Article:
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Taking GRI’s new vision ‘Down Under’
02 December 2015
Michael Meehan, Chief Executive, GRI; and Leeora Black, Managing Director, ACCSR

​Australia’s sustainability network got up close and personal with GRI’s Chief Executive Michael Meehan at a series of events in Melbourne and Sydney in November. Conversations with GRI’s Organizational Stakeholders and over 250 others, sparked discussions around the recent announcement of the UN Sustainable Development Goals (SDGs) and the role of business.
Michael Meehan highlighted the need for robust and credible ways to measure the impact of business contribution if the SDGs are to be achieved – namely through sustainability reporting. The discussions also looked ahead to the forthcoming Conference of Parties (COP 21) in Paris, and the need for a crucial international binding agreement on climate change. Climate change represents significant risks for businesses but also presents innovation opportunities. Michael spoke of the value of using GRI Sustainability Reporting Standards which are globally accepted and incorporate a multi-stakeholder approach for businesses to position themselves to better manage the risks and opportunities presented by climate change.
New guidance for ASX Listed Companies
During the visit, GRI, together with partners KPMG Australia and CPA Australia, announced new guidance on using the GRI G4 Guidelines to comply with ASX Corporate Governance Principles and Recommendations. The publication “Resource for ASX listed companies” demonstrates how the G4 Guidelines relate to the third version of ASX Corporate Governance Council’s Principles and Recommendations which require listed companies to address economic, environmental and social sustainability risks.

GRI’s new community leader in Australia, Sustainable Business Australia’s (SBA), welcomed Michael Meehan to their annual CEO Forum. Michael spoke about trust, and the importance of credible data as a basis for earning the trust of stakeholders. Organizations need to understand and communicate their impacts on critical sustainability issues such as climate change, human rights, corruption and many others. This transparency helps build the trust in businesses and governments that financial institutions, labor organizations, civil society, and citizens require.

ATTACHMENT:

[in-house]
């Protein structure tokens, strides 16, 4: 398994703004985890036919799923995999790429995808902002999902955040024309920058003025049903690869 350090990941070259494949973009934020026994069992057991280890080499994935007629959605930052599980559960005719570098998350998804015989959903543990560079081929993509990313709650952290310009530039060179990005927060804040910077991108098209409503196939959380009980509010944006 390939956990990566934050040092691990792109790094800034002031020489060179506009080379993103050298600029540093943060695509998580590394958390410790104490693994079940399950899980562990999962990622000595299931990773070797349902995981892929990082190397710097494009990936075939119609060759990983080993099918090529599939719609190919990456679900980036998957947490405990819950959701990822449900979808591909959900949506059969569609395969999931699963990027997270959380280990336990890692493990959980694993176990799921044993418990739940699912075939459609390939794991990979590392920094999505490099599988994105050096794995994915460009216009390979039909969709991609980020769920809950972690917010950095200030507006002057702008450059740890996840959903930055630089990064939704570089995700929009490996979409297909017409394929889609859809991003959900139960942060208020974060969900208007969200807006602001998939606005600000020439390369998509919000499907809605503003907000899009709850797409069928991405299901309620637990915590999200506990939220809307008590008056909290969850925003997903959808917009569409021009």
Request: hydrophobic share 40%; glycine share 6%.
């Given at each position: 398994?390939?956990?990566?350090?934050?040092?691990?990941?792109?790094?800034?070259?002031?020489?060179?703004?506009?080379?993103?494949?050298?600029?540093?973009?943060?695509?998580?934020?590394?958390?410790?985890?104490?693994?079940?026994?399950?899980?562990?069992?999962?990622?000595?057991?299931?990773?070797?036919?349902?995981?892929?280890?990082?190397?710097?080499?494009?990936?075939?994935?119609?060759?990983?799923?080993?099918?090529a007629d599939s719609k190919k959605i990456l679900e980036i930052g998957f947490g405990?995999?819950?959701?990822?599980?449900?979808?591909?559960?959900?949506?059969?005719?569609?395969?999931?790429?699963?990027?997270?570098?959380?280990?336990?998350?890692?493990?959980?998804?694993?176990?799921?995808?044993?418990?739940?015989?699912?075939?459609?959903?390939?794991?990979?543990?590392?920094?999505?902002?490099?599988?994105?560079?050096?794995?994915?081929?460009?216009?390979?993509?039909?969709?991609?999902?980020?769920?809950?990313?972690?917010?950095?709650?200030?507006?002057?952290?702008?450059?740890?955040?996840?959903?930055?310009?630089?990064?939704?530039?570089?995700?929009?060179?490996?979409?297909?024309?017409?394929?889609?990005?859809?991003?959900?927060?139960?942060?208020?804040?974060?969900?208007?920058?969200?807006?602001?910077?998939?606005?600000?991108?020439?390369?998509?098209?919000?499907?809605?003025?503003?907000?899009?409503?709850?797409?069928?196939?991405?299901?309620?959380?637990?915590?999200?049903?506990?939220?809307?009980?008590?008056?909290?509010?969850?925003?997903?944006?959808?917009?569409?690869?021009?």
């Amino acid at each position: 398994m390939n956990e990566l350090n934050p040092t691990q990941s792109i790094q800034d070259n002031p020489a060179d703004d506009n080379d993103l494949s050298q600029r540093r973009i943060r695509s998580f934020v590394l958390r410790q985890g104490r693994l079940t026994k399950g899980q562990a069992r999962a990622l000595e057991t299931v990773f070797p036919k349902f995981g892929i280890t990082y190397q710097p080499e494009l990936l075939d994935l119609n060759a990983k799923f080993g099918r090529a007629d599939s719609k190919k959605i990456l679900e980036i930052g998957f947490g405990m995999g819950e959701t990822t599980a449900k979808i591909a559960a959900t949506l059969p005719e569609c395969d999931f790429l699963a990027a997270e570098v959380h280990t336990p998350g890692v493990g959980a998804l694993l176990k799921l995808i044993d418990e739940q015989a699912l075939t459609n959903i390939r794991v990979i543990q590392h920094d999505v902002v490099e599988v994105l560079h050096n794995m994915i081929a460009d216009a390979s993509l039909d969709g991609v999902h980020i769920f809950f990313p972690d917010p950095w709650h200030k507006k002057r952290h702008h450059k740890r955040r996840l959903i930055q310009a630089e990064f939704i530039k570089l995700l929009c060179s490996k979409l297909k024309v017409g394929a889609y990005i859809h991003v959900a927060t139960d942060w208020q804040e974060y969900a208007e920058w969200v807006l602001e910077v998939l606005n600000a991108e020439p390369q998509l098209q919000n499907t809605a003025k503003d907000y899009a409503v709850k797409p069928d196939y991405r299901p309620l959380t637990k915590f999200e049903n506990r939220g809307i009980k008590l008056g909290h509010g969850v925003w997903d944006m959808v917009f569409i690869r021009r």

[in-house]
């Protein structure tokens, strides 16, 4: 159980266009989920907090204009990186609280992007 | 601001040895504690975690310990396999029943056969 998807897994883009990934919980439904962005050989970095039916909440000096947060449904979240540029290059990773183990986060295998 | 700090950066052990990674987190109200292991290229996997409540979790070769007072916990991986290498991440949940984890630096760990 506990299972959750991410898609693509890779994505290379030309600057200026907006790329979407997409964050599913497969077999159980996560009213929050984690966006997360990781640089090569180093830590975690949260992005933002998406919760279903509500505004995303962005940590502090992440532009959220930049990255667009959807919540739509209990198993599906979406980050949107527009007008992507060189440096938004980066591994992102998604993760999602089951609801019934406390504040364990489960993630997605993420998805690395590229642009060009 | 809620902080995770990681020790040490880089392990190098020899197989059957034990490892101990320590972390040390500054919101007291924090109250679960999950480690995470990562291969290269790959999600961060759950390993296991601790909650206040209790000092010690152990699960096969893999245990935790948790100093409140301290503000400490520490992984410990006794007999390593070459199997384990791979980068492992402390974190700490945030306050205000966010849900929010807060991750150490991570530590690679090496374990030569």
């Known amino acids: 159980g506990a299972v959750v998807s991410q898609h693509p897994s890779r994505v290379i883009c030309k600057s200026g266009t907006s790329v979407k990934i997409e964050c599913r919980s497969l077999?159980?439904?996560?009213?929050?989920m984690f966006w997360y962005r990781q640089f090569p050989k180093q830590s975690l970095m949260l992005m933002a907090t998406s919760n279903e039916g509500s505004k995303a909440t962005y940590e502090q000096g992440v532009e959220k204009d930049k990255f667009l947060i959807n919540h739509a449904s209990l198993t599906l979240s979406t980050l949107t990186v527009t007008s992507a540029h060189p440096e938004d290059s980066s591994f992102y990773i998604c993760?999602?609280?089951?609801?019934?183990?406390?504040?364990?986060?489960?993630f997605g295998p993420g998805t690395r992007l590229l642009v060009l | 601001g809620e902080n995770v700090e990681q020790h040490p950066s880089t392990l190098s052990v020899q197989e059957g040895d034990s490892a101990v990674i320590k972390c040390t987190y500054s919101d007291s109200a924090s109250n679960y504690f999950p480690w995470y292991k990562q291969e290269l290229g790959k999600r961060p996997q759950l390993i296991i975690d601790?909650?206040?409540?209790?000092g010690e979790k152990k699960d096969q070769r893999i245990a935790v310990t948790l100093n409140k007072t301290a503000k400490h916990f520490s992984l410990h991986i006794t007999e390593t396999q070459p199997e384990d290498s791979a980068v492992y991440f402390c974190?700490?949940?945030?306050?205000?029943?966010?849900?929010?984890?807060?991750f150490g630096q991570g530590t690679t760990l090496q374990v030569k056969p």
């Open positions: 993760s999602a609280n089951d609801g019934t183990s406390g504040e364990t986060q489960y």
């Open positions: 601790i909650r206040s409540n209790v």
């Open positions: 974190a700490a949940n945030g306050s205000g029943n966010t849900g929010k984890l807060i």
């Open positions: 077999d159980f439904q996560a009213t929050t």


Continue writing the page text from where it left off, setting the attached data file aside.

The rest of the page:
Reporting in the extractives sector
GRI has an ongoing partnership with Australia’s Department of Foreign Affairs and Trade (DFAT) to increase corporate transparency across Southeast Asia, among sectors like the extractives, and on key topics like gender and corruption. As part of this program, Michael Meehan and GRI’s, Knowledge and Sustainable Development Director, Alyson Slater, joined around 30 people from the extractives industry and interested stakeholders such as NGOs investors, associations and industry regulators for a roundtable dialogue. This roundtable analyzed trends in reporting in this sector and mapped these against key sustainability issues and stakeholder concerns. The main findings were that the least reported issues were mainly social, such as human rights, community issues and those relating to supply or value chains. Areas that are harder to quantify or have complex boundary issues present the most significant challenges.
The roundtable will contribute to forthcoming research in 2016 conducted in partnership with EY Australia on reporting in the extractives sector.